New Zealand’s relationship with Australia has always been a convivial but strained one. For centuries the two nations have traded sporting, financial, cultural and military blows, often in a serious spirit of sacrifice and duty – but much more usually because the attacking party’s become completely smashed on booze at 3am, and held an impromptu Parliament session just for a laugh. At this Parliament, they’ve decided it’ll be a huge giggle to, say, drop a cubic kilometre of national surplus caviar on Canberra. From such humble and lovable beginnings national rivalries are made.
In 1953, World War 2 had just finished only a few short years ago. Any relatively industrialised and economically developed country that had escaped the ravages of carpet bombing was having an absolute field day, flogging cheap shit to Europeans. New Zealand’s economy was in absolute overdrive, breeding and selling lamb on a scale the likes of which the world had never seen. Edmund Hillary’s fabulously successful mission to capture Mt. Everest from the Russians and destroy it, was just the icing on an extremely wealthy, plump and happy cake.
Then Australia ruined everyone’s fun. For quite some time now the two countries had been competing to each outproduce the other in wool and lamb. Indeed, Australia’s now-legendary Mega-Sheep construction gantries were causing consternation and worry in quite a slice of New Zealand’s agricultural sector, not least of which because modifying New Zealand’s mostly steep farmland to accommodate 100-metre high sheep without them tumbling down cliffs every five seconds would be expensive and difficult, without a few hundred nuclear bombs to perform suitably delicate landscaping.
On the other hand, Australia’s already pancake-flat deserts, scrub grassland and hydrofluoric acid swamps didn’t exactly make fertile feeding for sheep of any kind, but did allow the sort of Death Star-sized wool and mutton spheres the Australian genetic engineers had in mind. Australia had undergone all sorts of flattening landscaping in its recent history – the Naughtily High Mountains in the west of the country were painstakingly bulldozed some decades earlier, partially because weather satellites kept impacting on their slopes, but mostly because the Aussies thought that a mountain range in the shape of a row of extended middle fingers pointing at India, Indonesia and the Microsoft Citadel of Evil, did made the place look a bit untidy. As undeniably hilarious and symbolic of Australiana as that was, the Queen was coming to visit later that year, so y’know, best look presentable.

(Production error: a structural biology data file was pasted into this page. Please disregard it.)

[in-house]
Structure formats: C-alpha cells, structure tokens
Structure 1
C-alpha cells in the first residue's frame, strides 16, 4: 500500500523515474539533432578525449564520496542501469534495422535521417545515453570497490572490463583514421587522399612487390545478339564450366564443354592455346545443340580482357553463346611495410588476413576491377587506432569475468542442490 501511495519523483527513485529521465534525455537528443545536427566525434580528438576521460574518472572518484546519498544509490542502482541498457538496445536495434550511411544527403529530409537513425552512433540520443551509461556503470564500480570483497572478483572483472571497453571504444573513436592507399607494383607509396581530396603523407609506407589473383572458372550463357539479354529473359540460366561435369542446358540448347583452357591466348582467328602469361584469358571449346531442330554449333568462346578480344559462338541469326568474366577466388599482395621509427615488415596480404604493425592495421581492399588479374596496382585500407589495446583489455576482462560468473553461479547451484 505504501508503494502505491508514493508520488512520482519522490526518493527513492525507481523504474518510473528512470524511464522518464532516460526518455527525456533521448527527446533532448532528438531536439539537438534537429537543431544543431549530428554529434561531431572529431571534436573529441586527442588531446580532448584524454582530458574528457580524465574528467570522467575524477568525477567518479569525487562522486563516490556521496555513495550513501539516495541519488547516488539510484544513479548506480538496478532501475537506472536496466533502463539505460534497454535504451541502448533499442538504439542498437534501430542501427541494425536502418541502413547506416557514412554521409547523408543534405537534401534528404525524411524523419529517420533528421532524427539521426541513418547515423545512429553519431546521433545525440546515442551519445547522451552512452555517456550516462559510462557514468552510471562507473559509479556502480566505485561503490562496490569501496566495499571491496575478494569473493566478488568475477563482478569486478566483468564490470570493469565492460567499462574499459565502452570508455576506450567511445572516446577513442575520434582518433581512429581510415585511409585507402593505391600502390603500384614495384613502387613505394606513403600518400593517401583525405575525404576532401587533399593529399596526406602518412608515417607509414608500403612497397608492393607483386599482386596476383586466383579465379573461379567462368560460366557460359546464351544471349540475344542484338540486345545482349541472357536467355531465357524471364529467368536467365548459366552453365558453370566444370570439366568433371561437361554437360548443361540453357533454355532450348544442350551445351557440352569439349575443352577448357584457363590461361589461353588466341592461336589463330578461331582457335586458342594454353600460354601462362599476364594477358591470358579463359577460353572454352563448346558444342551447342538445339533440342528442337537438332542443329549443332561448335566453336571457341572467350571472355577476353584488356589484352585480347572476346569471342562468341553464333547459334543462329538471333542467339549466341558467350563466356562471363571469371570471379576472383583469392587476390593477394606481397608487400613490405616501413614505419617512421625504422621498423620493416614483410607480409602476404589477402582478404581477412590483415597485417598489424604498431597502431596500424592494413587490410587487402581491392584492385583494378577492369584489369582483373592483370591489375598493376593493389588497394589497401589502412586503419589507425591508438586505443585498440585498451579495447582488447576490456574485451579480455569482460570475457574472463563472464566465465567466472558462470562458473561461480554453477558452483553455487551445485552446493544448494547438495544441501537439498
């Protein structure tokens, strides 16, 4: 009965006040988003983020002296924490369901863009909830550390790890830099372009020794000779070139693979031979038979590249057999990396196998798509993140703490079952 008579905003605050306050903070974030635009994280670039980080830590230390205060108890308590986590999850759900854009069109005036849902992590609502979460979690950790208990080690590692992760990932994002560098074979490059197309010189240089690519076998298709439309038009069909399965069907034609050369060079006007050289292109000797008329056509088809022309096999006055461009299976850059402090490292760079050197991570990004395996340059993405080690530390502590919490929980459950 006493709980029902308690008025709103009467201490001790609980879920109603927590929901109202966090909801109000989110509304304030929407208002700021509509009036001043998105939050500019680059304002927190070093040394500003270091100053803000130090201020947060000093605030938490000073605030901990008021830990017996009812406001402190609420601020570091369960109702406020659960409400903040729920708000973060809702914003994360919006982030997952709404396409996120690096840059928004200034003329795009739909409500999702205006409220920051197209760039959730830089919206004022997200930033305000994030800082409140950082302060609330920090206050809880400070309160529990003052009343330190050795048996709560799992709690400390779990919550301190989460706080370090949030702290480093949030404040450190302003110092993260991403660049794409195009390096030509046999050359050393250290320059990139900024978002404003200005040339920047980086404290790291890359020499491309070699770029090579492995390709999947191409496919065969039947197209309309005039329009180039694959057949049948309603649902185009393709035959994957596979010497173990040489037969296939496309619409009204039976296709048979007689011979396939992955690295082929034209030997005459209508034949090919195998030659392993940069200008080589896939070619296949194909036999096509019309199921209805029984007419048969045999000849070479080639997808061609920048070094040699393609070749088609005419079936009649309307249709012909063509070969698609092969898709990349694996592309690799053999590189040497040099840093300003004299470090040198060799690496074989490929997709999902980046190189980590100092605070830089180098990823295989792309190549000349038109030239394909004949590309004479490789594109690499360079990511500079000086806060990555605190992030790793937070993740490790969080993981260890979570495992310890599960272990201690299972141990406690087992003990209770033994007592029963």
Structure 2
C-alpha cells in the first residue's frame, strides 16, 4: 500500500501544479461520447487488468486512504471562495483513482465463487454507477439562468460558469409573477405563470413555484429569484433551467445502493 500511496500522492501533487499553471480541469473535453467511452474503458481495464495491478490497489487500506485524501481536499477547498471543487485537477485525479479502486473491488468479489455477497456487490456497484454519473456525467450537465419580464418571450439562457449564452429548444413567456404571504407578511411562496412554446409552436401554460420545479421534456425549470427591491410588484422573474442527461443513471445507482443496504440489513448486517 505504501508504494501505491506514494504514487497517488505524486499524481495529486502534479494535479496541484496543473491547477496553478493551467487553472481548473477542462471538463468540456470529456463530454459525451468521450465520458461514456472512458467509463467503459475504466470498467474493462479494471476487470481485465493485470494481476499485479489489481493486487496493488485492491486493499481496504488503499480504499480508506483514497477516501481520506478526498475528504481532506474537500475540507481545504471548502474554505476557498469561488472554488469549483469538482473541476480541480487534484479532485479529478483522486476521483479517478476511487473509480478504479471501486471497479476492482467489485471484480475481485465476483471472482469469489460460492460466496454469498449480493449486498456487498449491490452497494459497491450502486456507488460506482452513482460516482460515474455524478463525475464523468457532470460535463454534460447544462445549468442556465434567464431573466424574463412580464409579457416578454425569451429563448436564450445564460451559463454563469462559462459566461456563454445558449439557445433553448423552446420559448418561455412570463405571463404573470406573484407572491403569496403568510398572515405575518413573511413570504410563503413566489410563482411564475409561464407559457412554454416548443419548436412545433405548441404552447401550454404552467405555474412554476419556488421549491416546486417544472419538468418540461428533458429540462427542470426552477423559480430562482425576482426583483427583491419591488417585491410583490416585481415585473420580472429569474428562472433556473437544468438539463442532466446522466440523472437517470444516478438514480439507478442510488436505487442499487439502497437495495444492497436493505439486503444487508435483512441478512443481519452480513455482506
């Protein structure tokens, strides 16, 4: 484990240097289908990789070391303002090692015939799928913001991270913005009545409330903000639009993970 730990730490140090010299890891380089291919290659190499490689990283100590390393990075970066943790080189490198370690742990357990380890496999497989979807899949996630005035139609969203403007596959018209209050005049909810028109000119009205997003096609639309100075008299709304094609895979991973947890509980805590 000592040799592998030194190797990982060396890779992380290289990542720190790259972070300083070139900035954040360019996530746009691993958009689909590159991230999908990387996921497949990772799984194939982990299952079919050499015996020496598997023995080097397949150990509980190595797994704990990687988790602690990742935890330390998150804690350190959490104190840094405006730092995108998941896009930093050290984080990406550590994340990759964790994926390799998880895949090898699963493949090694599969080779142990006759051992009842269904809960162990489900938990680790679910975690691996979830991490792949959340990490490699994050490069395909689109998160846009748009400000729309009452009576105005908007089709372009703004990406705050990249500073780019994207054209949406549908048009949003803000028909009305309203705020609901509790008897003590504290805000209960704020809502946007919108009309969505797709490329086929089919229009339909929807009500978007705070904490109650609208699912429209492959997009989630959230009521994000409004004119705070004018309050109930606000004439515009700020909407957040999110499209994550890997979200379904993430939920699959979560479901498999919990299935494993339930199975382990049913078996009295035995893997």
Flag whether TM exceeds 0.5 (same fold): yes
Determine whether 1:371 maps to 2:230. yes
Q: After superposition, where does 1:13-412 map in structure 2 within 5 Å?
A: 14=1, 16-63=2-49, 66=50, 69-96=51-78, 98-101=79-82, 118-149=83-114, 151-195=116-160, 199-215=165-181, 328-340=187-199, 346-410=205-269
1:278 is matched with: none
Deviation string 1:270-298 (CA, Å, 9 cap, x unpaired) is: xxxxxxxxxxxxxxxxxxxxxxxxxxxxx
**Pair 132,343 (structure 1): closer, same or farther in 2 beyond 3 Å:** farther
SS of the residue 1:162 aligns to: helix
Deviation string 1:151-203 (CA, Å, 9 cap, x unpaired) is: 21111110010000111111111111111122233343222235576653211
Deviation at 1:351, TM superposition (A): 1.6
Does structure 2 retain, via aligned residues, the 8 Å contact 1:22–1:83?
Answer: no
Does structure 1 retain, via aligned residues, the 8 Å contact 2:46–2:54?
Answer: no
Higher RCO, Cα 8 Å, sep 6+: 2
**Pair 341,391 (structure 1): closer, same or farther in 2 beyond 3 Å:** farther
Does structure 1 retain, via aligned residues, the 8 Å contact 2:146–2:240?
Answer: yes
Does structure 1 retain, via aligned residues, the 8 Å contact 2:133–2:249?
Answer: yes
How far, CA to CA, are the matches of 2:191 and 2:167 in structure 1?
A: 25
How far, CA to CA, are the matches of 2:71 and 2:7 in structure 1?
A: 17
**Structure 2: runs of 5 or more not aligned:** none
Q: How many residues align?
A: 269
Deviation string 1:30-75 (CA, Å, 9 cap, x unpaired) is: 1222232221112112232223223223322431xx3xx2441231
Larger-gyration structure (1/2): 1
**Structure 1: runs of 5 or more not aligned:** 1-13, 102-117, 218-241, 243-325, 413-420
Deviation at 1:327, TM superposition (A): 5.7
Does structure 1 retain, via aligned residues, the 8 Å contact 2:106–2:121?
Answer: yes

Australia’s Mega-Sheep construction program got under way! Soon, mile-high woolen spheres began to exit the Aussie drydocks, and New Zealand’s wool industry started looking decidedly quaint. This couldn’t stand.
In late February 1954, the New Zealand government announced a series of bold and daring new plans to wrest the sheep production initiative back to its rightful country.
First, the national supplies of condoms and other contraceptives would now be permanently withheld from all sheep in the country, effective immediately.
Second, immense phalanxes of hair stylists would now travel from farm to farm every hour on the hour, shampooing and conditioning each and every sheep, to completely maximise wool yields and make it absolutely shine and sparkle.
Third, giant mountains of steroids would be crop-dusted over all sheep paddocks once a month to give a huge kick to their growth rates and meat yumminess – nothing like what the Australians had in mind with their mega-sheep, but still substantial and had the advantage of being about a thousandth as expensive. For the first time, this would give a huge depth of talent to the selection pool for that year’s All Blacks tour of Venus. New Zealand took the lead in sheep farming once again!
Australia’s response to all this was at first muted. In August 1954, though, after the Wallabies rugby team was thrashed by four week-old lambs, three of which were in the process of being sheared and manicured, 144 – minus-13, the Aussie government finally woke up to the fact that this shit went far beyond mere trade and economics, and brought out the big guns. Literally.